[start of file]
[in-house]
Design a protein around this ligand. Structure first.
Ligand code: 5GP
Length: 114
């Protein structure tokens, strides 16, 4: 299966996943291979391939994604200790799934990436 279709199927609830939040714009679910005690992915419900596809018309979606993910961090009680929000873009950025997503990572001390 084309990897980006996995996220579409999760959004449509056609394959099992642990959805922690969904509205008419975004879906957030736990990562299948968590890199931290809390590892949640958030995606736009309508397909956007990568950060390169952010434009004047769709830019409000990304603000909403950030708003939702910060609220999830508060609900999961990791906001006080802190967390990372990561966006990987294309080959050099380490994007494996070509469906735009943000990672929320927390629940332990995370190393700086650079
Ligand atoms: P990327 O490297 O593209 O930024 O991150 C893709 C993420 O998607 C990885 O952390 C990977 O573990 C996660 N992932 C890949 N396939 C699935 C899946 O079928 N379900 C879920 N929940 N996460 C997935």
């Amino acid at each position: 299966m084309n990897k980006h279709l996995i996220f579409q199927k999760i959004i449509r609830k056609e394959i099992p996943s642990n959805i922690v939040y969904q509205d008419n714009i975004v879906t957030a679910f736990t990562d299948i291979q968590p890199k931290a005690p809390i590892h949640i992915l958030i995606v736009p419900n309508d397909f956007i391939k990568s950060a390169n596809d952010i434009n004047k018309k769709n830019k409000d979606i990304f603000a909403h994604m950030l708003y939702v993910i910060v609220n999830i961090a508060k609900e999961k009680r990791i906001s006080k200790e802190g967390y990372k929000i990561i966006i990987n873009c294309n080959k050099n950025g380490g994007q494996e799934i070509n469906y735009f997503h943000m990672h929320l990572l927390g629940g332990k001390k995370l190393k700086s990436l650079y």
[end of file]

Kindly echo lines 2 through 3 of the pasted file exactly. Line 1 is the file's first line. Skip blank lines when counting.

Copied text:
Design a protein around this ligand. Structure first.
Ligand code: 5GP